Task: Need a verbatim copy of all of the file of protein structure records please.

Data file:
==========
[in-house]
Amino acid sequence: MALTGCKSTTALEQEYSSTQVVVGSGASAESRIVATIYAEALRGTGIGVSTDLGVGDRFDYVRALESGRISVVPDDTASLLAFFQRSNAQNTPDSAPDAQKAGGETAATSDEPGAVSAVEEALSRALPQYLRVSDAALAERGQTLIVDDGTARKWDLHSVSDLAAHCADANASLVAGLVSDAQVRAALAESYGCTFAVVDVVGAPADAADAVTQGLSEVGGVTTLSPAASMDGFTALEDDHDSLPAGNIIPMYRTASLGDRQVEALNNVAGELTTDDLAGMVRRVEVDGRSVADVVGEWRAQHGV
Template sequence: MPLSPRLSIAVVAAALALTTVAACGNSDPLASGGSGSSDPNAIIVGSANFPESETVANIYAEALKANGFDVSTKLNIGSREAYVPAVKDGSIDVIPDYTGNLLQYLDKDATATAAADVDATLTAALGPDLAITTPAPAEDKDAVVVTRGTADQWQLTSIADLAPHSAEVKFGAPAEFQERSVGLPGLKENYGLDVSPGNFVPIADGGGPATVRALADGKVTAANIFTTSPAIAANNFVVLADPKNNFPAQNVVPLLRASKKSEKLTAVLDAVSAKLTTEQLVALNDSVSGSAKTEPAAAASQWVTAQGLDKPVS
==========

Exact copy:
[in-house]
Amino acid sequence: MALTGCKSTTALEQEYSSTQVVVGSGASAESRIVATIYAEALRGTGIGVSTDLGVGDRFDYVRALESGRISVVPDDTASLLAFFQRSNAQNTPDSAPDAQKAGGETAATSDEPGAVSAVEEALSRALPQYLRVSDAALAERGQTLIVDDGTARKWDLHSVSDLAAHCADANASLVAGLVSDAQVRAALAESYGCTFAVVDVVGAPADAADAVTQGLSEVGGVTTLSPAASMDGFTALEDDHDSLPAGNIIPMYRTASLGDRQVEALNNVAGELTTDDLAGMVRRVEVDGRSVADVVGEWRAQHGV
Template sequence: MPLSPRLSIAVVAAALALTTVAACGNSDPLASGGSGSSDPNAIIVGSANFPESETVANIYAEALKANGFDVSTKLNIGSREAYVPAVKDGSIDVIPDYTGNLLQYLDKDATATAAADVDATLTAALGPDLAITTPAPAEDKDAVVVTRGTADQWQLTSIADLAPHSAEVKFGAPAEFQERSVGLPGLKENYGLDVSPGNFVPIADGGGPATVRALADGKVTAANIFTTSPAIAANNFVVLADPKNNFPAQNVVPLLRASKKSEKLTAVLDAVSAKLTTEQLVALNDSVSGSAKTEPAAAASQWVTAQGLDKPVS